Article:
jest.advanceTimersByTime(1000);
expect(queryByText("Toast!")).not.toBeInTheDocument();
});2

…, unit test has no idea that advancing timers will cause component updates, and you will get the “not wrapped in act” error.

Solution

Wrap Jest’s timer manipulations in an act block, so test will know that advancing time will cause component to update:

it("should display Toast in 1 sec", () => {
jest.useFakeTimers();
const { queryByText } = render(<MyComponent />);
act(() => {
jest.advanceTimersByTime(1000);
});
expect(queryByText("Toast!")).not.toBeInTheDocument();
});

Your test prematurely exits before components finish rendering or updating.

This normally happens in components that have loading state, e.g. components fetching data using GraphQL or REST.

const MyComponent = () => {
const { loading, data } = useQuery(QUERY_ACCOUNTS);
return loading ? (
<div>Loading ...</div>
) : (
<div>{data.accounts.length}</div>
);
};

The test checks if “Loading …” is present.

it("should display loading state", () => {
const { getByText } = render(
<MockedApolloProvider mocks={accountMock}>
<MyComponent />
</MockedApolloProvider>
);
expect(getByText("Loading ...")).toBeInTheDocument();
});

However, the `it` block exits before the loading state disappears and data comes back. This kind of test will also cause “not wrapped in act” errors.

Solution

Make sure the test exits after all the rendering and updates are done. To do that, we can wait for the loading state to disappear:

it("should display loading state", async () => {
const { getByText, queryByText } = render(
<MockedApolloProvider mocks={accountMock}>
<MyComponent />
</MockedApolloProvider>
);
expect(getByText("Loading ...")).toBeInTheDocument();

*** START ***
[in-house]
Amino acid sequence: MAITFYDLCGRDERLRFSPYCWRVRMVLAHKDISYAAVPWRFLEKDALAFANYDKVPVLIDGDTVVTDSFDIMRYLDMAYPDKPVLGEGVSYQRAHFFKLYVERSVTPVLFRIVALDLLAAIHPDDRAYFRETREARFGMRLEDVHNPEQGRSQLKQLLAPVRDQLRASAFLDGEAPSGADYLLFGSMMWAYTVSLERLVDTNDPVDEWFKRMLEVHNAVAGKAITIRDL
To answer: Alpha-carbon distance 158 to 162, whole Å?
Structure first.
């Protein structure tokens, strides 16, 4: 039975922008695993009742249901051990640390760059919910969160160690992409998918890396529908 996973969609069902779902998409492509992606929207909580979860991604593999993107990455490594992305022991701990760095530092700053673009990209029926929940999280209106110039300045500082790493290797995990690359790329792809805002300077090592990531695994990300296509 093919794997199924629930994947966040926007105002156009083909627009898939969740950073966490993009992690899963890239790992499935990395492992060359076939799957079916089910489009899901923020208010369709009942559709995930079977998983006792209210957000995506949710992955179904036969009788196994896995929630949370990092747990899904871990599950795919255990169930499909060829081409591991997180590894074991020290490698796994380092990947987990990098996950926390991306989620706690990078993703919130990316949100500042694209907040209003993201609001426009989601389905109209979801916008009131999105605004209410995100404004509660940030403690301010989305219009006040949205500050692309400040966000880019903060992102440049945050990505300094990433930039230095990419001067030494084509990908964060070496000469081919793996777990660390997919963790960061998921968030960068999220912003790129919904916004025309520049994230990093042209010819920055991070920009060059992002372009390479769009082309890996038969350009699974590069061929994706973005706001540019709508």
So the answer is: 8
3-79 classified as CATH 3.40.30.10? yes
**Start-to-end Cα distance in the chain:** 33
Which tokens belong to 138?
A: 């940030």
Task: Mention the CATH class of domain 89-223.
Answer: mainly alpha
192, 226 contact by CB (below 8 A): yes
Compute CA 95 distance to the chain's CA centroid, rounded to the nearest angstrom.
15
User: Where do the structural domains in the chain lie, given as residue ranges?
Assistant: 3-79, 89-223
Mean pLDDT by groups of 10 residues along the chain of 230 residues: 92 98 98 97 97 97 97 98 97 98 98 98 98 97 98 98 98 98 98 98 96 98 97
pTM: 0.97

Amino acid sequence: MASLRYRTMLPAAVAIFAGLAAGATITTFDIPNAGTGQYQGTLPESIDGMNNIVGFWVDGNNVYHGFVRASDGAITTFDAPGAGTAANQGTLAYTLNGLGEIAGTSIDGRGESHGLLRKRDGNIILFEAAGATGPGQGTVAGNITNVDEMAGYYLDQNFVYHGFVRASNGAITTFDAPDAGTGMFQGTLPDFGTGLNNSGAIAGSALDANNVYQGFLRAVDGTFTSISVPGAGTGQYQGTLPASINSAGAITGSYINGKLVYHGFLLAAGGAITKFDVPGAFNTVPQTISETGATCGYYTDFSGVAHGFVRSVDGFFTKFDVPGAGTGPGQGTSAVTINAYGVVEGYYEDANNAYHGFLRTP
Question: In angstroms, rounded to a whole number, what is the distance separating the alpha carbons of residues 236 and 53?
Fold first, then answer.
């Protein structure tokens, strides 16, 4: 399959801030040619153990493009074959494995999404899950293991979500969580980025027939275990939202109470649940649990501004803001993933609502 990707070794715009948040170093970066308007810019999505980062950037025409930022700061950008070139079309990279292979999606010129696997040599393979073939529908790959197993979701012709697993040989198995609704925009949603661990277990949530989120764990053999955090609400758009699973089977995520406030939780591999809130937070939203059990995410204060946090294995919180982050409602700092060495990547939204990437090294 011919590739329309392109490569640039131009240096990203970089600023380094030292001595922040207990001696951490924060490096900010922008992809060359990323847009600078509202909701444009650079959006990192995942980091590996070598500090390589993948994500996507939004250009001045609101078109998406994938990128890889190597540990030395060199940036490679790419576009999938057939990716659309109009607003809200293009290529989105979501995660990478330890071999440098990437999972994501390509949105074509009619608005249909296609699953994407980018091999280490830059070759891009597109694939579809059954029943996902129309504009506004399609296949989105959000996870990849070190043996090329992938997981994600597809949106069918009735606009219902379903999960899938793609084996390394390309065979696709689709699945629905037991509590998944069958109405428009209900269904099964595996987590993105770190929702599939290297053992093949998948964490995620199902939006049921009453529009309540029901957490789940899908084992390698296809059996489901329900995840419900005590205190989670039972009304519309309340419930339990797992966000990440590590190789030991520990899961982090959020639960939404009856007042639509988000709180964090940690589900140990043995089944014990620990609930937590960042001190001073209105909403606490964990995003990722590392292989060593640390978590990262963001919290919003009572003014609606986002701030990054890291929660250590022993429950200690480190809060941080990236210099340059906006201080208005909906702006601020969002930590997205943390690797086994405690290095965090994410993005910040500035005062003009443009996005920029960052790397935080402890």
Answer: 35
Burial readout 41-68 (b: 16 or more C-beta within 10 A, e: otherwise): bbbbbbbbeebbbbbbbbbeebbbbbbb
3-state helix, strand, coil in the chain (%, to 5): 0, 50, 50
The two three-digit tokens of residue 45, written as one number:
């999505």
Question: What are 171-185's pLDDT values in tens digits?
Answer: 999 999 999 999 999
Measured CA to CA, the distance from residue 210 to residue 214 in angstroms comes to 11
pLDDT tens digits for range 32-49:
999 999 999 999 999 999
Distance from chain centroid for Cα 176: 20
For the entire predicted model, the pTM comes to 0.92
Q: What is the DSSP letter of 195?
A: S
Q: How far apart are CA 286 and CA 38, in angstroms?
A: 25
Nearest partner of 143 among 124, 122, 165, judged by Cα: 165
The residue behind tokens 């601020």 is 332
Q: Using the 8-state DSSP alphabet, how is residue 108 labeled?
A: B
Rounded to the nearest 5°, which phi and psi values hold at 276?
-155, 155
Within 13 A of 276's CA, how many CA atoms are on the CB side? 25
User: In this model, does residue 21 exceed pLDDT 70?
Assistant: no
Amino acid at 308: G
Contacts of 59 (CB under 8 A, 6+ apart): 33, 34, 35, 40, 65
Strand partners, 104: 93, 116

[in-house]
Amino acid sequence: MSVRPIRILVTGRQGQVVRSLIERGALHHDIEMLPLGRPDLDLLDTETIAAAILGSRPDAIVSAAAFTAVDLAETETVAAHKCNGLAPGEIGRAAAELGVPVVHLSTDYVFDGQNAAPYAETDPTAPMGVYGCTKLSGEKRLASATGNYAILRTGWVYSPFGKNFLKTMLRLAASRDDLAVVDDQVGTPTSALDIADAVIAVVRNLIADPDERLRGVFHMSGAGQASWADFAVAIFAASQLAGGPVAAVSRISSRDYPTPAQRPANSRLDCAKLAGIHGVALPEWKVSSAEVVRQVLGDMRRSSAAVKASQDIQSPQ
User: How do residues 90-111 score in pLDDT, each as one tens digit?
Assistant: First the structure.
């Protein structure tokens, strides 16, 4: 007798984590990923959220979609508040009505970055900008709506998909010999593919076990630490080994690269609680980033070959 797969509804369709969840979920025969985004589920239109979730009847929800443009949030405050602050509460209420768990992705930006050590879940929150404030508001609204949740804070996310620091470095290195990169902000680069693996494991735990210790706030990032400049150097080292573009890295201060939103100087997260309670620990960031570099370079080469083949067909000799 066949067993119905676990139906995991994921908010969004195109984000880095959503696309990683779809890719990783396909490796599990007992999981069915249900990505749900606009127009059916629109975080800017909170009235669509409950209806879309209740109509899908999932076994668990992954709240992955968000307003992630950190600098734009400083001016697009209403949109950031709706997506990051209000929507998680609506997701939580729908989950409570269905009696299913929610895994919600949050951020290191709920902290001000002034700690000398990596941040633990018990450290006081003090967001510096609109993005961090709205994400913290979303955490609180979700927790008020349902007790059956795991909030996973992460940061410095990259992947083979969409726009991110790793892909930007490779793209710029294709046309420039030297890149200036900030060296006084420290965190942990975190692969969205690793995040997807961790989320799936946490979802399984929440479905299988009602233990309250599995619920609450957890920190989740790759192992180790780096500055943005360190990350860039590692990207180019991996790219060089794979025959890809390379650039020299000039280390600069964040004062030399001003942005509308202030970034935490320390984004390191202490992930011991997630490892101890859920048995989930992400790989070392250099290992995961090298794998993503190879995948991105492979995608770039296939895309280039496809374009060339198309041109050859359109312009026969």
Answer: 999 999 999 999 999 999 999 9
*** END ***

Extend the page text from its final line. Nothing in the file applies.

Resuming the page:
await waitFor(() => {
expect(queryByText("Loading ...")).not.toBeInTheDocument();
});

});

Alternatively, you can use waitForElementToBeRemoved which is a wrapper around waitFor.

await waitForElementToBeRemoved(() => queryByText("Loading ..."));

This is actually another variation of Case 1. It goes like this: test simulates events to change values in form inputs, e.g. changing value in a text input. If the form input is managed by Formik, your test will have a chance to run into “not wrapped in act” errors.

it("should validate phone numbers", () => {
...
fireEvent.change(getByPlaceholder("Phone"), {
target: { value: "123456789" }
});
fireEvent.click(getByText("Save"));
expect(getByText(
"Please enter a valid phone number"
)).toBeInTheDocument();
});

Solution

Similar to Case 1, wait for all updates to complete, then perform assertions:

it("should validate phone numbers", async () => {
...
fireEvent.change(getByPlaceholder("Phone"), {
target: { value: "123456789" }
});
fireEvent.click(getByText("Save"));
await waitFor(() => {
expect(getByText(
"Please enter a valid phone number"
)).toBeInTheDocument();
});
});

In test, React needs extra hint to understand that certain code will cause component updates. To achieve that, React-dom introduced act API to wrap code that renders or updates components. React testing library already wraps some of its APIs in the act function. But in some cases, you would still need to use waitFor, waitForElementToBeRemoved, or act to provide such “hint” to test.